PITTSFORD, N.Y. — For a while during the third round of the P.G.A. Championship on Saturday, Rory McIlroy, Justin Thomas, Scottie Scheffler, Justin Rose, Adam Scott and three or four other golfers were roaming the august grounds of the Oak Hill Country Club with their caps on backward.
“It makes me feel cool,” Rose said. “Young. Hip.”
The attire at the 105th playing of the P.G.A. Championship on Saturday did not mark a revolution toward relaxed golf mores. Although, it is also true that the back-turned caps — not the norm in professional golf — did not draw penalties, hoots or disqualifications either, so maybe some welcomed informality is brewing in golf after all.
The world’s best golfers were experimenting with the best use of their headgear because of a relentless, driving rainstorm that pounded the Oak Hill Country Club throughout the day.
So, Rose, 42, was not trying to remake his image. That was him making a joke. He wore his cap backward because it had become soaked with rain and when he put his head down to hit the golf ball, beads of water drip, drip, dripped past his eyes and onto his ball.
“It actually put me off a little bit,” Rose said. “And at the top of my backswing, I had a couple of droplets fall down and it distracted me. I thought, this is annoying me, so let’s flip it.”
McIlroy offered the same explanation, although he and Rose both conceded that they had not worn their hat backward at a major golf championship before.
It is a known remedy on sloppy, rainy days, one seen regularly during bad weather at municipal golf courses, but the look was a little jarring when exhibited by the world’s best golfers.
And in case you were wondering, a spokeswoman for the P.G.A. of America, which conducts the P.G.A. Championship, confirmed that there is a player dress code, but apparently, wearing your cap backward does not violate the code because no golfer was penalized or pulled off the course.
In fact, Rose, Scheffler, McIlroy and Justin Suh, who was another backward hat rebel, were each in the top 10 entering Sunday’s final round, so maybe they knew something that most of the other golfers did not.
The soaked hats brigade was the most obvious example of the many adjustments that all the golfers in the field had to make because of Saturday’s rainstorm.
The rough weather also highlighted the role of the relationship between players and their caddies. Nothing is more complex than the umbrella handoff between players and caddies that happens thousands of times — almost always in the same sequence — during a rainy round. It is either comical or the epitome of efficient, unspoken coordination.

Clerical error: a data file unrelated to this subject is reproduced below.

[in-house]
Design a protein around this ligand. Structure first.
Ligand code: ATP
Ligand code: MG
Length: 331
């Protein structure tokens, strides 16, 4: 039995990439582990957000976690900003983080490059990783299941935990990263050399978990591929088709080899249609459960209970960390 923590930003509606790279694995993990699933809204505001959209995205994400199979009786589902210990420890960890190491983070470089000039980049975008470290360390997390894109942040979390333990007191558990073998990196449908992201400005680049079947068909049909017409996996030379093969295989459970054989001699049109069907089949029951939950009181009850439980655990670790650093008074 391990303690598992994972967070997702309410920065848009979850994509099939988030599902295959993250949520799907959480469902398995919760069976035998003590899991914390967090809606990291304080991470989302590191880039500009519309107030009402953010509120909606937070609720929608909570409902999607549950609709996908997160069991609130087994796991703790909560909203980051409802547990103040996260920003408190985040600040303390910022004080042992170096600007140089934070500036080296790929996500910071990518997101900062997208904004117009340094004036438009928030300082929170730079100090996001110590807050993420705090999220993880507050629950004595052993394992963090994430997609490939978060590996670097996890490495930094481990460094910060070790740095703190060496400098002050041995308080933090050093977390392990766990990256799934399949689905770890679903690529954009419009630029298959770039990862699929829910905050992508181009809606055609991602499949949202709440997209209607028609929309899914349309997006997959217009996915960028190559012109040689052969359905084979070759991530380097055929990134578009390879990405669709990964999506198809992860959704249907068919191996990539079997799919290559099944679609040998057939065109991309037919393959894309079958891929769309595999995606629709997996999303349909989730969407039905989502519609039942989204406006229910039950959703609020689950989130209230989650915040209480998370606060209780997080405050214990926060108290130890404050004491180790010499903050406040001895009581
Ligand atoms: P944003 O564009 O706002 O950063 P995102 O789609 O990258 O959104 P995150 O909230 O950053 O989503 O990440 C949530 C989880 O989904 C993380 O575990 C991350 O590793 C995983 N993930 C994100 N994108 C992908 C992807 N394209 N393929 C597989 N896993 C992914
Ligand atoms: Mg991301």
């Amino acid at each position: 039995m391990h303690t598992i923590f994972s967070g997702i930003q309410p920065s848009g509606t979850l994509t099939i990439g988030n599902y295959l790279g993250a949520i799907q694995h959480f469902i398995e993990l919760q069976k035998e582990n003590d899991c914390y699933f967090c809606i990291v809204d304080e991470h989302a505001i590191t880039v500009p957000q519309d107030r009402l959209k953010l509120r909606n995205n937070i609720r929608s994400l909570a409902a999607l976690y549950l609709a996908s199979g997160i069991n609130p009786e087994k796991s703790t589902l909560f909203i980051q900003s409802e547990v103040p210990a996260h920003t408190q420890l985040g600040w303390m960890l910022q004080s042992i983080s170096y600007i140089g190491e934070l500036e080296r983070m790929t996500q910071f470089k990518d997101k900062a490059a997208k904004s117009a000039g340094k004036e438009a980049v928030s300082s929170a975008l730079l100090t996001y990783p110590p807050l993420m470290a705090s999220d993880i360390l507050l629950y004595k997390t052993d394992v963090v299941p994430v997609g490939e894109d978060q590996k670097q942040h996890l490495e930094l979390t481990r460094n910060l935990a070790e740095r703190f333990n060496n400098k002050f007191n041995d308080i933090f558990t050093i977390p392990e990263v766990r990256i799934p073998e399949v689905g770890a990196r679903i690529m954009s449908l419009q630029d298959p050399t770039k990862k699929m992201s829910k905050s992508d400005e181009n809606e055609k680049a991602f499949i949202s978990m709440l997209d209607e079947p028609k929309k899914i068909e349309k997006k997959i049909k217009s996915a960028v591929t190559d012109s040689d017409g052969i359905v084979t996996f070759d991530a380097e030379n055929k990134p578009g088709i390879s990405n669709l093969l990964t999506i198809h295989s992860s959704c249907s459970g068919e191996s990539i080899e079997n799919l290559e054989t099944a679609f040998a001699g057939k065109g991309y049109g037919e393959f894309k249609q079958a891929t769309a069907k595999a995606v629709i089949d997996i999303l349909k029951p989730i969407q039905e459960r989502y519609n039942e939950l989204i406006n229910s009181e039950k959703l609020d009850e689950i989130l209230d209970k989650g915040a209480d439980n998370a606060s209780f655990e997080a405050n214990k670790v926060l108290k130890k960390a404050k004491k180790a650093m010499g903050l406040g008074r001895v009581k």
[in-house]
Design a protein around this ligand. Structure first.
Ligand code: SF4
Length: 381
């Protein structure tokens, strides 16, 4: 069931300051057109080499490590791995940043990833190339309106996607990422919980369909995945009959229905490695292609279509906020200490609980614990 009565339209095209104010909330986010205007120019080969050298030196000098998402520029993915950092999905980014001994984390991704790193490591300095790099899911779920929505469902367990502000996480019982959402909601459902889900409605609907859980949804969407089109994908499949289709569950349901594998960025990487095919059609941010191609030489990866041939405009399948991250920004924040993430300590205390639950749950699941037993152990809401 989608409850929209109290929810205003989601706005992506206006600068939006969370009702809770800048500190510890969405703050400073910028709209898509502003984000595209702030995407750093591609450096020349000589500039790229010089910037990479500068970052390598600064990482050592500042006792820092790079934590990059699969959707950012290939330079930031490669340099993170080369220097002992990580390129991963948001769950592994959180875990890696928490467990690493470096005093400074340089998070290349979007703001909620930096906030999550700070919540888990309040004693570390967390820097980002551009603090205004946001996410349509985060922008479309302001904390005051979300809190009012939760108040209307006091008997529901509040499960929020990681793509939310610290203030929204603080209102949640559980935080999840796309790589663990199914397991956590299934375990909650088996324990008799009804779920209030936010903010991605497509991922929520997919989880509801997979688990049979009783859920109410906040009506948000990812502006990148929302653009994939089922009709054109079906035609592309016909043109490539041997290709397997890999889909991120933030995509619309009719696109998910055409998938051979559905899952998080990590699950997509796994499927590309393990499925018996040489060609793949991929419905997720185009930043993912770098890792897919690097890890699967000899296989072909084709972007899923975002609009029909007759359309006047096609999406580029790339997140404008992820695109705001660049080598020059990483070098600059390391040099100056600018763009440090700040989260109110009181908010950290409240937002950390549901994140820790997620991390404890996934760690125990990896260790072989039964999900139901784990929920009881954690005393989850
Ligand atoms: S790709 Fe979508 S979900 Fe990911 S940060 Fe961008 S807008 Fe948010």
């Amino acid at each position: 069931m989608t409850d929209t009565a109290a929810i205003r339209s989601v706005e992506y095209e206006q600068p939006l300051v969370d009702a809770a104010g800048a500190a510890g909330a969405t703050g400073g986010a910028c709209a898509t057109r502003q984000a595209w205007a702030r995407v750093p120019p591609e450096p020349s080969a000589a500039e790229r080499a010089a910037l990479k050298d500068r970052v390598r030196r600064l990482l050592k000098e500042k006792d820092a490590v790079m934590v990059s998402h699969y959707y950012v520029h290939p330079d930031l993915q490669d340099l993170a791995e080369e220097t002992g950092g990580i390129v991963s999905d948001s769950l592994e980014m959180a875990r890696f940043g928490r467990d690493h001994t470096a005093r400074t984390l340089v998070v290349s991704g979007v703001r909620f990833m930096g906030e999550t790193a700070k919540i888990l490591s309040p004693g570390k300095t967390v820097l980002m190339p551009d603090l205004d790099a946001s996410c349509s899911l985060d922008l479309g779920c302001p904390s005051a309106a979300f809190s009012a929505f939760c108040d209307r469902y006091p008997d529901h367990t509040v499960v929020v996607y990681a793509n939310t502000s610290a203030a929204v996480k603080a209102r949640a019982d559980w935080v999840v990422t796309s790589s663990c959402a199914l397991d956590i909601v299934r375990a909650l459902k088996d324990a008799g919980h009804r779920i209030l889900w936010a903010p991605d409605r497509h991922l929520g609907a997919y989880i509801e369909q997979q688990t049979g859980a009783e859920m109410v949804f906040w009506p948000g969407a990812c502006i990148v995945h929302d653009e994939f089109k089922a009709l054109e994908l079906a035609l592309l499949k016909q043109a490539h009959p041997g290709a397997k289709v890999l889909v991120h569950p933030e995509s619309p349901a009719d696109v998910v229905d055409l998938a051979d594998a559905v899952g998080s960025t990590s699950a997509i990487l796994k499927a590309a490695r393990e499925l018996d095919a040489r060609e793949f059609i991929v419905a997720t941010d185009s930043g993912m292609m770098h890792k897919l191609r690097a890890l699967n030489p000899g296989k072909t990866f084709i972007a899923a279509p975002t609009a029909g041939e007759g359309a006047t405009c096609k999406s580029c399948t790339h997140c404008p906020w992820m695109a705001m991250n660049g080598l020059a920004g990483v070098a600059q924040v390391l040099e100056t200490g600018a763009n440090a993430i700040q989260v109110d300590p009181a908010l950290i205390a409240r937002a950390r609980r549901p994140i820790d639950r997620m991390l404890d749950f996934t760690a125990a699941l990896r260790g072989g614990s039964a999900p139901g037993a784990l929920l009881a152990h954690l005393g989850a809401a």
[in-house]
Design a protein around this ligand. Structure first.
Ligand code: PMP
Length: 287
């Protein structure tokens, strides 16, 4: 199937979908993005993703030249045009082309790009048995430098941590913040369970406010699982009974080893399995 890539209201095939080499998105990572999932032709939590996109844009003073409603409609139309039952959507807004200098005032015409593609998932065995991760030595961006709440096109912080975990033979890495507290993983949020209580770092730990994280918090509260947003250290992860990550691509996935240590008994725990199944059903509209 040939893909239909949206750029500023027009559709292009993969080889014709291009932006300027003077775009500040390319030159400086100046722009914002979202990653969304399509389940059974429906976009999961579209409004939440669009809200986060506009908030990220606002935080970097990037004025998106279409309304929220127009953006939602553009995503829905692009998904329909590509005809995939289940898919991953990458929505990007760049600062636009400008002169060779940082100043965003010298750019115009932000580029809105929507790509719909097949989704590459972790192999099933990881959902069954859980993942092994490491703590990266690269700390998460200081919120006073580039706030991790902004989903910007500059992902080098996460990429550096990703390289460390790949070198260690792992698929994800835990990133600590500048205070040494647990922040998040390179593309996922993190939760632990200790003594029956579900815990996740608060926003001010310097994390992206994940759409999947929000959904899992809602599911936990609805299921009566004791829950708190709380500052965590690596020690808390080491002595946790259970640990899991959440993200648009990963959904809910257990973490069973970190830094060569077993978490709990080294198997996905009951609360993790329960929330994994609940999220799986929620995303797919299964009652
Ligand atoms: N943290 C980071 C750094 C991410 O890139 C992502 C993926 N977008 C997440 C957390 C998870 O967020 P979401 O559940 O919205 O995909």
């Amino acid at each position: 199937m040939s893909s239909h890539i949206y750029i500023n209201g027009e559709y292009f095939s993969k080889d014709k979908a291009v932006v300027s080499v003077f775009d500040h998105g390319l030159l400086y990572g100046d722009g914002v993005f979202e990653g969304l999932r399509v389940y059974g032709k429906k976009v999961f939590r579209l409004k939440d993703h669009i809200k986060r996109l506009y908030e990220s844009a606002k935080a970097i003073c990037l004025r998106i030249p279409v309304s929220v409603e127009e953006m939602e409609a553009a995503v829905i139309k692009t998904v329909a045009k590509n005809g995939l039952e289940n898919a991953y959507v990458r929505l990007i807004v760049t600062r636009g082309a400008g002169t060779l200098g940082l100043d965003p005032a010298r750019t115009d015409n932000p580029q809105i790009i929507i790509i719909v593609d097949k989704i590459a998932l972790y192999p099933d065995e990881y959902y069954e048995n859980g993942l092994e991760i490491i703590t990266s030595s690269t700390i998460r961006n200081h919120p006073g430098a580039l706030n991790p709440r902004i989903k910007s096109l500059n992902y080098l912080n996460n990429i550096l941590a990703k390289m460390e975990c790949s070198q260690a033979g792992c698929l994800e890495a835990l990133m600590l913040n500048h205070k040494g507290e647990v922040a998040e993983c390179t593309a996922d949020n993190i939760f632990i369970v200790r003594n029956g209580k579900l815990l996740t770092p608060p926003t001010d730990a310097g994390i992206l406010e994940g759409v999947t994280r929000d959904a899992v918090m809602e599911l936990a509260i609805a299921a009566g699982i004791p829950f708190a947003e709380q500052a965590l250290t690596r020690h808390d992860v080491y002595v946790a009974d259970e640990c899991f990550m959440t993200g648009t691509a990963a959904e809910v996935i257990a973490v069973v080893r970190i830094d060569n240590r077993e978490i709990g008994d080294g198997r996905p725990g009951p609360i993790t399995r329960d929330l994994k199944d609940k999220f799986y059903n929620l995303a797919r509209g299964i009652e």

Usually in the fairway, in full view of the gallery of fans, it goes like this:
The player holds an umbrella over his head and over his bag while the caddie marches around in the pouring rain trying to figure out the distance of the player’s next shot to the green. When the caddie returns, the player hands the umbrella to him and selects a club from the bag. The caddie dries the club’s grip with a towel hanging from the interior spokes of the umbrella. When the player walks toward his ball in the fairway, the caddie holds the umbrella over the player’s head — but not his own head. This protection of the player is offered until just seconds before he begins his swing at the ball. That’s when the caddie steps to the side. At that moment, the caddie makes sure he’s holding the umbrella over the player’s golf bag, because keeping the bag dry is more important than keeping the caddie dry.
Once the ball is struck, the player hands his club to the caddie and the caddie hands over the umbrella. The player heads toward his ball, leaving the caddie to walk in the rain behind him, unprotected.
Or as Jon Rahm, the world’s top ranked golfer, said on Saturday: “I can just take the umbrella and go. He sacrifices.”
But Rahm appreciates his caddie, Adam Hayes, and knows what he endures.
“The bottom of the bag today had about two inches of water in it,” he said. “And his clothes were soaked through. He must be carrying about 35 pounds of water on him right now. His job is extra important on a rainy day.”
Stephan Jaeger, whose golf bag contained seven towels and other gear to get through a nearly five-hour round in the rain, said he thought his bag weighed 70 pounds on Saturday. The entire experience — the ongoing umbrella exchange, wiping the rain off the bill of his cap, trying to determine how many yards the wet grass would impede a shot — had left Jaeger, who was tied for 10th, exhausted.
“It’s a lot of effort,” he said minutes after walking off the golf course. “I think I’m going to feel it once I sit down and calm down. I think the adrenaline will wear off a little bit, and I’m going to be pretty tired. It’s a lot of thinking, a lot to consider.”
Jaeger was asked if he ever practiced in the rain between tournaments to get used to the experience.
Jaeger answered immediately: “No.”
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